It’s no mystery that I worship at the altar of the Patek Philippe perpetual calendar chronograph. That when it comes to this magnificent combination of my two favourite complications, there is none better than Patek who was the first to produce this type of watches in series. Indeed I have always admired that each time the world has faced any form of inclemency, the Stern family who took the reins of Patek Philippe in 1932 has responded with the creation of sublime acts of horological magic. And this was certainly the case with the reference 1518 that was launched in 1941 amid the full maelstrom of the Second World War. This watch driven by the Valjoux calibre 13 base (also featured in the reference 130 launched in 1936) forged the aesthetic blueprint of the modern perpetual calendar. Two windows at 12 o’clock just above the Patek signature provided day and month. Date was told from a subdial at six o’clock which also provided a reading for phase of the moon. In both the 1518 and its iconic successor, the 2499, there is no leap-year indicator — that would only emerge in 1985 with the 3970.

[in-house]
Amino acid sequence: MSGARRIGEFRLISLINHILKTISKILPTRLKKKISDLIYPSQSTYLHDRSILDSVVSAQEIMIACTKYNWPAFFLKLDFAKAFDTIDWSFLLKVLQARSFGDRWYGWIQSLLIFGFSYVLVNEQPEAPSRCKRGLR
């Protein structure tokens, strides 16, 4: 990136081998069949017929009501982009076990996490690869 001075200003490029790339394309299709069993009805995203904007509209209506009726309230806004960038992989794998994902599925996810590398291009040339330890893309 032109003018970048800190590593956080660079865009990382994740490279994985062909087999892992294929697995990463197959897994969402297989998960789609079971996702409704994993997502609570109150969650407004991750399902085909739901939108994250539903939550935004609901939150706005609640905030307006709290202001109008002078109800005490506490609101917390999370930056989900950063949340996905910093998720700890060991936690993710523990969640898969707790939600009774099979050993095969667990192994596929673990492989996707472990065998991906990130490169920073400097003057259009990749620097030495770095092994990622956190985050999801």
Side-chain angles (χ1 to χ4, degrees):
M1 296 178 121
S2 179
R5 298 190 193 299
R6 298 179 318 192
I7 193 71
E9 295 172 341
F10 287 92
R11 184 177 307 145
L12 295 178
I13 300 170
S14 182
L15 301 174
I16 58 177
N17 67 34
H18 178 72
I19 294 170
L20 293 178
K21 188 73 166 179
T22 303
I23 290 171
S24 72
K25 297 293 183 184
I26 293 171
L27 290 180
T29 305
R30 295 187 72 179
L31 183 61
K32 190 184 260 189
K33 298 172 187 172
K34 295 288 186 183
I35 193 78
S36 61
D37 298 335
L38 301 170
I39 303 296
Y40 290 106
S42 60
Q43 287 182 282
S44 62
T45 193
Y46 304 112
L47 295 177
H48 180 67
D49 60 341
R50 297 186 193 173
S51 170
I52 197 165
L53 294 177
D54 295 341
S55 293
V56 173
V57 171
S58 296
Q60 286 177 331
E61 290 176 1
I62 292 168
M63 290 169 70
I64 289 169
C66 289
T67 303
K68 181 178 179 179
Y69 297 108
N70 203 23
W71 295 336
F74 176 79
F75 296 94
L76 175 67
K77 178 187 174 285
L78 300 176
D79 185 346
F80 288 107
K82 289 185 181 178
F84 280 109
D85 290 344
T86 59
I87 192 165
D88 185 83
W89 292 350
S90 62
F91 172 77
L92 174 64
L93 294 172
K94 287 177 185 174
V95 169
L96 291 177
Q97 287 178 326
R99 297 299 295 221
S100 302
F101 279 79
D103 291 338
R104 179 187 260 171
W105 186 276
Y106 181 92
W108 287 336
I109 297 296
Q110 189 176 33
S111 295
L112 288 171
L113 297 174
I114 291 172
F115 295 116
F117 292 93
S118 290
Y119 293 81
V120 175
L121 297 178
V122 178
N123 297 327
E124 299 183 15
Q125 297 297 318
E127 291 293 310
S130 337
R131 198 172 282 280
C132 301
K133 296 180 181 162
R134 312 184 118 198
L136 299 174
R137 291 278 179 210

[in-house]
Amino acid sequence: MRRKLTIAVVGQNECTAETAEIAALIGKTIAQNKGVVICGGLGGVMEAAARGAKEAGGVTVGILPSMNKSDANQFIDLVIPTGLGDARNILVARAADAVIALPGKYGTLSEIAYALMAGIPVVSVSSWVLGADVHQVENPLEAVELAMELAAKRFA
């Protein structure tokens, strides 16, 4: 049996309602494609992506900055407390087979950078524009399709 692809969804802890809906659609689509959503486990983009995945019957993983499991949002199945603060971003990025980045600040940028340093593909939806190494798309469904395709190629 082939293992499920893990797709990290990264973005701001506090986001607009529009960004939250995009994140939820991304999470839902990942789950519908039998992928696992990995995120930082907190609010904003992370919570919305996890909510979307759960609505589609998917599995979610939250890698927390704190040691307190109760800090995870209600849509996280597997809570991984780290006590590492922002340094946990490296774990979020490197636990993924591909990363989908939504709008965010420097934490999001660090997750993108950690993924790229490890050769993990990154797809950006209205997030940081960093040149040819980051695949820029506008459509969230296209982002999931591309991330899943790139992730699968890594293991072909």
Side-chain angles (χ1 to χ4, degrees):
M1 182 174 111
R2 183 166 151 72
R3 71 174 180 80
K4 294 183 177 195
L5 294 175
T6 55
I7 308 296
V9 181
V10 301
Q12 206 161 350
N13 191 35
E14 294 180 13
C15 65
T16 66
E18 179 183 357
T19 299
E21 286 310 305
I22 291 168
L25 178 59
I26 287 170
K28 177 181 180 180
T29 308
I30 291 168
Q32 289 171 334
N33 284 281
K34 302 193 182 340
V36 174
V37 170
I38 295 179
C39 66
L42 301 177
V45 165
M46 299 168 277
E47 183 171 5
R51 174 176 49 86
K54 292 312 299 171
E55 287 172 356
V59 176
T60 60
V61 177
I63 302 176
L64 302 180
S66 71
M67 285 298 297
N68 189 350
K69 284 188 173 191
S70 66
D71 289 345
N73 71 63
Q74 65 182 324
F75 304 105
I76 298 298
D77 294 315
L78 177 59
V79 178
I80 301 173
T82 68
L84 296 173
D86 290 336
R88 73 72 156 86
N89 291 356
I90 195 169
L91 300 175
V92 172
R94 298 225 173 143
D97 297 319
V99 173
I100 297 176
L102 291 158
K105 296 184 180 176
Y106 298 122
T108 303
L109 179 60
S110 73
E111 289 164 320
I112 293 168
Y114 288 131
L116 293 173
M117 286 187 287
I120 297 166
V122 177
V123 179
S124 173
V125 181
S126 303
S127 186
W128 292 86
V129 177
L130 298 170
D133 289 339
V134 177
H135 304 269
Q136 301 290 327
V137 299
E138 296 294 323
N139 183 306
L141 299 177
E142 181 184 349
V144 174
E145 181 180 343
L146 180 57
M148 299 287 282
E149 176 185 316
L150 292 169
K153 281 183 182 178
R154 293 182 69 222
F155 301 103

The unbroken chain of Patek perpetual chronograph majesty goes as follows: the 1518 (1941–1954), the 2499 (1950–1985), the 3970 (1985–2004), the 5970 (2004-2010) and then the fantastic 5270

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